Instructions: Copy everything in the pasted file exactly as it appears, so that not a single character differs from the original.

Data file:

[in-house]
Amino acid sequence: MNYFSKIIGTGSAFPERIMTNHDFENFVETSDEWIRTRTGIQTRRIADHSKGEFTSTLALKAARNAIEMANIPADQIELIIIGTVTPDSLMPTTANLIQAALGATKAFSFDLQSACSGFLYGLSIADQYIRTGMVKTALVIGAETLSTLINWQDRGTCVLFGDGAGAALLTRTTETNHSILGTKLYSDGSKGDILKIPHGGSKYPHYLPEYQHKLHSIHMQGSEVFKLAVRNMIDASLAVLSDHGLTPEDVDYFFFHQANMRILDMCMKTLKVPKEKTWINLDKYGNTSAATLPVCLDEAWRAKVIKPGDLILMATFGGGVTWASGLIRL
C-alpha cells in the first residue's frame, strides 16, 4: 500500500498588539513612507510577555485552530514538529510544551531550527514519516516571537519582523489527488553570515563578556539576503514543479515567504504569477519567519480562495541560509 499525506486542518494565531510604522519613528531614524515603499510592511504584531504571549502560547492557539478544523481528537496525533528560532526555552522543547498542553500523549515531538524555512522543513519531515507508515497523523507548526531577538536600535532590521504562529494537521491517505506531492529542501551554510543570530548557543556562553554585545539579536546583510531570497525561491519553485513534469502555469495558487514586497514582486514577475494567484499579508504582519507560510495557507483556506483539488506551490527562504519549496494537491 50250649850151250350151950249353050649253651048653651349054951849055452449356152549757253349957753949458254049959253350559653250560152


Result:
[in-house]
Amino acid sequence: MNYFSKIIGTGSAFPERIMTNHDFENFVETSDEWIRTRTGIQTRRIADHSKGEFTSTLALKAARNAIEMANIPADQIELIIIGTVTPDSLMPTTANLIQAALGATKAFSFDLQSACSGFLYGLSIADQYIRTGMVKTALVIGAETLSTLINWQDRGTCVLFGDGAGAALLTRTTETNHSILGTKLYSDGSKGDILKIPHGGSKYPHYLPEYQHKLHSIHMQGSEVFKLAVRNMIDASLAVLSDHGLTPEDVDYFFFHQANMRILDMCMKTLKVPKEKTWINLDKYGNTSAATLPVCLDEAWRAKVIKPGDLILMATFGGGVTWASGLIRL
C-alpha cells in the first residue's frame, strides 16, 4: 500500500498588539513612507510577555485552530514538529510544551531550527514519516516571537519582523489527488553570515563578556539576503514543479515567504504569477519567519480562495541560509 499525506486542518494565531510604522519613528531614524515603499510592511504584531504571549502560547492557539478544523481528537496525533528560532526555552522543547498542553500523549515531538524555512522543513519531515507508515497523523507548526531577538536600535532590521504562529494537521491517505506531492529542501551554510543570530548557543556562553554585545539579536546583510531570497525561491519553485513534469502555469495558487514586497514582486514577475494567484499579508504582519507560510495557507483556506483539488506551490527562504519549496494537491 50250649850151250350151950249353050649253651048653651349054951849055452449356152549757253349957753949458254049959253350559653250560152